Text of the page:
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New report on the health of homeless and street-involved youth in BC

"Homeless and street-involved youth are among the most vulnerable populations in Canada and experience significant health inequities. The 2014 Homeless and Street-Involved Youth Survey (HSI- YS) captured information from youth living in 13 diverse communities across British Columbia between October 2014 and January 2015. A total of 689 youth (aged 12–19 years) participated, from which the study collected 681 usable surveys."  -Homeless Hub 

 Click to read:  Our Communities Our Youth: The health of homeless and street-involved youth in BC  published by  the  McCreary Centre Society.

Our communities, our youth a report 

Kurt thrives in the supportive environment of ROP

“Kurt” came to the Crisis Program due to some family issues. He had moved around with his family quite a bit living in two other countries before coming to Canada in his High School years. He had already settled into the  Crisis Program  for a couple of months when I started working with him. His English was a little broken but very understandable. Kurt was a little quirky, very intelligent and had a big smile. He was quite young and his father felt he needed to move out and make it in the world by himself. Kurt had no real life skills to make it on his own and starting by camping in the back garden of the family home. His situation seemed quite harsh. I remember looking at this boy and how vulnerable he was and comparing how different he was to a lot of street smart youth I work with.

He also developed diabetes, so on top of learning how to cope being fully independent, all of a sudden he had to learn how to manage that disease. It was a challenge for him to look after himself and his health and he often felt unwell and needed medical support.  We learned he had a passion to cook and he found jobs quite easily as a cook. He had shown staff pictures in his phone of all the different meals he could make, literally hundreds of photos. It was something that he enjoyed both as a job and hobby in his spare time. He identified it as something he really liked to do.

Our Rights of Passage program appeared to be a good fit for him. It did not take long before he got accepted into the program and he also got accepted into a cook training program.  ROP  was a perfect fit for Kurt as he needed a supportive and nurturing environment to learn and grown. Kurt needed support around maintaining a job, learning life skills like budgeting and self-care around his health. His time in the Crisis Program taught him some of those skills but it was great to see him in a program that would continue to develop them.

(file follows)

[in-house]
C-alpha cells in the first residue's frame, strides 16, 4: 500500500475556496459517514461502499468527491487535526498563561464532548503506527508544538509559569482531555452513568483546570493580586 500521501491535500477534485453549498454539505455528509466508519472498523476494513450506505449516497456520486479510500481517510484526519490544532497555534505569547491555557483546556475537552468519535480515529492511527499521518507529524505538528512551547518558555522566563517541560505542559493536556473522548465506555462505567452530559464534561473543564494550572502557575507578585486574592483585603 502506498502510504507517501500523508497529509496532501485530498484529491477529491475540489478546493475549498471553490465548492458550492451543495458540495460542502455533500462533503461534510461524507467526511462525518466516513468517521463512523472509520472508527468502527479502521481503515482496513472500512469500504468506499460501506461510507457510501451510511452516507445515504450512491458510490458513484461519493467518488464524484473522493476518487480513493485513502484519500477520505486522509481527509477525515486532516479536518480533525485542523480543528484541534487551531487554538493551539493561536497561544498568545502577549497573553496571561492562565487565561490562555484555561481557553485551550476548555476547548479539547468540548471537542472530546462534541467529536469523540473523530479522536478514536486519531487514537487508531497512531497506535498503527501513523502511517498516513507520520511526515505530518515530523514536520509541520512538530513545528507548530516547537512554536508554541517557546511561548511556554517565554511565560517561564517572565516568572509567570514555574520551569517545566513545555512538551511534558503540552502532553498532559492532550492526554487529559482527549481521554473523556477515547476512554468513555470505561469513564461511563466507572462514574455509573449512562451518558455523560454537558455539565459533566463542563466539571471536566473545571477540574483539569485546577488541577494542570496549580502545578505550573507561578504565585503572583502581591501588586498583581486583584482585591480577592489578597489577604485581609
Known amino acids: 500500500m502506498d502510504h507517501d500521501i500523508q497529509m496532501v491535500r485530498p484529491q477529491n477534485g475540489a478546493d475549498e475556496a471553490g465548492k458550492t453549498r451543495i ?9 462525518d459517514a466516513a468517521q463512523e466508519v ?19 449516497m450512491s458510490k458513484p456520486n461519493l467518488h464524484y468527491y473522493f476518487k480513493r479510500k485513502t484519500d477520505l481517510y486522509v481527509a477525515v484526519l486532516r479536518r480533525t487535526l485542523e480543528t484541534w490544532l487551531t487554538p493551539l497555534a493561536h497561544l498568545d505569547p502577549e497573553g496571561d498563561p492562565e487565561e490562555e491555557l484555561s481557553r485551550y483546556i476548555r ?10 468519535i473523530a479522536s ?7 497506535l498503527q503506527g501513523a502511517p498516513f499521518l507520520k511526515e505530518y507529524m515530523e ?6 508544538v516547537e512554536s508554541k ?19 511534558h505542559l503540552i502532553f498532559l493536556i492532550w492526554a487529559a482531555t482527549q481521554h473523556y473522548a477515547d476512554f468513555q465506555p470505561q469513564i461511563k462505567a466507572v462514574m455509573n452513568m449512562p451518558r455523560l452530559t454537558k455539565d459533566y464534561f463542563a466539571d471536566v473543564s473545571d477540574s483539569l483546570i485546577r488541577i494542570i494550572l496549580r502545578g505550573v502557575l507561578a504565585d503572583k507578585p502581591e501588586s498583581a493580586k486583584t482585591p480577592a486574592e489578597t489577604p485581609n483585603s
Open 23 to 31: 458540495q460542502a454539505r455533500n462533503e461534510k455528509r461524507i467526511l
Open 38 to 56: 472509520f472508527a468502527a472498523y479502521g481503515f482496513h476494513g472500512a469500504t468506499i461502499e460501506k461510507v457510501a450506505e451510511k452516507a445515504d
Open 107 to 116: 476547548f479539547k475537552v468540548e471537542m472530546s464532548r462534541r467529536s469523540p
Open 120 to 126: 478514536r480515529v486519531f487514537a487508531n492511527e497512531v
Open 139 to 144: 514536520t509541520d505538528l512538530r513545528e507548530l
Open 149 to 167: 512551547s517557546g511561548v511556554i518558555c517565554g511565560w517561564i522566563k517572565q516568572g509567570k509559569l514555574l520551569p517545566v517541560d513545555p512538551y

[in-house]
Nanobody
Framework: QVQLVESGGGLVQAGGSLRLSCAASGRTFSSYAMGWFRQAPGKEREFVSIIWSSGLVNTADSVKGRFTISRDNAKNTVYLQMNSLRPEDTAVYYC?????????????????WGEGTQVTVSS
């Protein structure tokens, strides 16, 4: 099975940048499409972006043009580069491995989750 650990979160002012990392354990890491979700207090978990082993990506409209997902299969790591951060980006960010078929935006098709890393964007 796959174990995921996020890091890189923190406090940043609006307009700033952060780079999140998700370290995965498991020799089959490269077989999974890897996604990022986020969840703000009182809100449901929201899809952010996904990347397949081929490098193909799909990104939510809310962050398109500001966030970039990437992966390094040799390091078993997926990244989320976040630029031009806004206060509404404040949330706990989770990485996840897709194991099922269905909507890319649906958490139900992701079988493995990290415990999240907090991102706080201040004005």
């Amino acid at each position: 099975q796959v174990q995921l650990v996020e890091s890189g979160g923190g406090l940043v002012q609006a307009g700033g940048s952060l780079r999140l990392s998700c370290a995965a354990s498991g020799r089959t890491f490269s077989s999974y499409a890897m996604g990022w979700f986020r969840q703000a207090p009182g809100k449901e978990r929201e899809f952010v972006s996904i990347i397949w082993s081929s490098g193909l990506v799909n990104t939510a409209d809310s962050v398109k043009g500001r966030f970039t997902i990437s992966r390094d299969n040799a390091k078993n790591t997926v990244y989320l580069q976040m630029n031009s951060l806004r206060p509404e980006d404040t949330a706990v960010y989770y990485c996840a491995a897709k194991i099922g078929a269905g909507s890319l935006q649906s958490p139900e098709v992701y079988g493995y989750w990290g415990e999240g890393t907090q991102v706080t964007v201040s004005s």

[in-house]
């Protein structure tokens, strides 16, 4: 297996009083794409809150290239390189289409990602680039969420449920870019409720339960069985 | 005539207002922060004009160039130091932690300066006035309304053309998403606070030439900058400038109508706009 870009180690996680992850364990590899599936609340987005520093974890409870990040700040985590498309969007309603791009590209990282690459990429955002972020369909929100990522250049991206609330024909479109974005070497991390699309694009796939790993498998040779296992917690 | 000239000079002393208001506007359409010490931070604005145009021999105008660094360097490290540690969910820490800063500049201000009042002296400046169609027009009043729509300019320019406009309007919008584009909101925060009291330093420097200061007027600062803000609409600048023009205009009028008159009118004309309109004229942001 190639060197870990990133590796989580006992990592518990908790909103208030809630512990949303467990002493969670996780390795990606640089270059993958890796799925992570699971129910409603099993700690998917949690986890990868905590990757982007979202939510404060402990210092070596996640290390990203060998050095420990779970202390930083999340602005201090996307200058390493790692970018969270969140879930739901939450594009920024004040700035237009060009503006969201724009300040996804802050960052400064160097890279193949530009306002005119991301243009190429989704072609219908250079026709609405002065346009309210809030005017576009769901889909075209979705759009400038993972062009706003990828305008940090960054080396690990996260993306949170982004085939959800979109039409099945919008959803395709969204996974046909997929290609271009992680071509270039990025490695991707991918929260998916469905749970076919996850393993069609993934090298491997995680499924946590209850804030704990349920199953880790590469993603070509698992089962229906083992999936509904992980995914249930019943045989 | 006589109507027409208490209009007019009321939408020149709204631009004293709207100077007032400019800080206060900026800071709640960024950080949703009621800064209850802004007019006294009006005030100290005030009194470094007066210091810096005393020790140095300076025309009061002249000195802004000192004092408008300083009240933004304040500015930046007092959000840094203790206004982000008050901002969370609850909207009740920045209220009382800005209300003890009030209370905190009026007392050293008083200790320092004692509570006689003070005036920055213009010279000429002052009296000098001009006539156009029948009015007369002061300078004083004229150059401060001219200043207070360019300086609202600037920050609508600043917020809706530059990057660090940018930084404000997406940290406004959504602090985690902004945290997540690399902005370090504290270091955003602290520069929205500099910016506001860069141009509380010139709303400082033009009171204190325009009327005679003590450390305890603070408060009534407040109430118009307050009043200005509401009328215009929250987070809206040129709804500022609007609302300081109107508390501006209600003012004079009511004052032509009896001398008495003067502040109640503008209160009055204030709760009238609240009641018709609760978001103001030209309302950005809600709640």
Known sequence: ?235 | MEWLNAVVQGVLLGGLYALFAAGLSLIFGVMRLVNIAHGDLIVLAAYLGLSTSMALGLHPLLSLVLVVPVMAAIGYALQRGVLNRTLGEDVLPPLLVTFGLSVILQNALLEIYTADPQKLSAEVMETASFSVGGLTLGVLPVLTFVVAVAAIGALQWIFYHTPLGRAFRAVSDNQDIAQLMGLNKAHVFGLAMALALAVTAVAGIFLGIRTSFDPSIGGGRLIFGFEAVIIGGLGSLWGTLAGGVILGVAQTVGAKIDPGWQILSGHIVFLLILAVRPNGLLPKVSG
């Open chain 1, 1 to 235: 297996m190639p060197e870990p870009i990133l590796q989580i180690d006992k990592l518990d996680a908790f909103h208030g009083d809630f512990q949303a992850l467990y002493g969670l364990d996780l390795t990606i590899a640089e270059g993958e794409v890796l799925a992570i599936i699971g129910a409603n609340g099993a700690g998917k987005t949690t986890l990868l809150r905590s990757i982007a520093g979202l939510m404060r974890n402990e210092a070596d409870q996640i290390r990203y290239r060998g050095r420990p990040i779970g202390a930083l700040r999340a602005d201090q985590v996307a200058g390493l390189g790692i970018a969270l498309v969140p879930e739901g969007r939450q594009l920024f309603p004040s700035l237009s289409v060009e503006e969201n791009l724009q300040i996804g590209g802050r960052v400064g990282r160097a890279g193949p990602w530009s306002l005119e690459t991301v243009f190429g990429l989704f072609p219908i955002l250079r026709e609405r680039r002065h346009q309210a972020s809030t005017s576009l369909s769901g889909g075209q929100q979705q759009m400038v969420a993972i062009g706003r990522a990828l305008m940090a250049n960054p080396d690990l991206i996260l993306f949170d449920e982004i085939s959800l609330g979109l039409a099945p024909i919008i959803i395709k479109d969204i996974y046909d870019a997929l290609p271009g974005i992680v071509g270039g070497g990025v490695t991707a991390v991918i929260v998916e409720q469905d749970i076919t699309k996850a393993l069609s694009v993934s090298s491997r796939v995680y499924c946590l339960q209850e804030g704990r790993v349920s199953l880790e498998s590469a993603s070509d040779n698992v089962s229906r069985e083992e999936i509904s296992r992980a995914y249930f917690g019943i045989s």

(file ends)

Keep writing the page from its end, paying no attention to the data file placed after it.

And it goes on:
I see him in the building quite regularly. He is doing well in life and his training program and always has a big smile. Keep up the great work Kurt!

You can provide a supportive and caring environment to more young people just like Kurt.   DONATE TODAY and help youth to thrive. 

Kurt image  

Immediacy is one of our five core principals

Immediacy   – Young people come to us in crisis, desperately requiring help. We provide for their basic human needs – food, clothing, a shower, medical attention, a safe bed – immediately.

You can  help our young people  get the help they  need  right now.  Donate  today.  

Immediacy core principal of Covenant House

PIF Presents: Play [Mental Health] Forward

Play It Forward is excited to announce  it's upcoming summer show! Entry is by donation with all proceeds going to a group of amazing charities working to spread mental health awareness including Covenant House. Come by on August 16th  and listen to some incredible local talent !

Details here.

Play it forward poster

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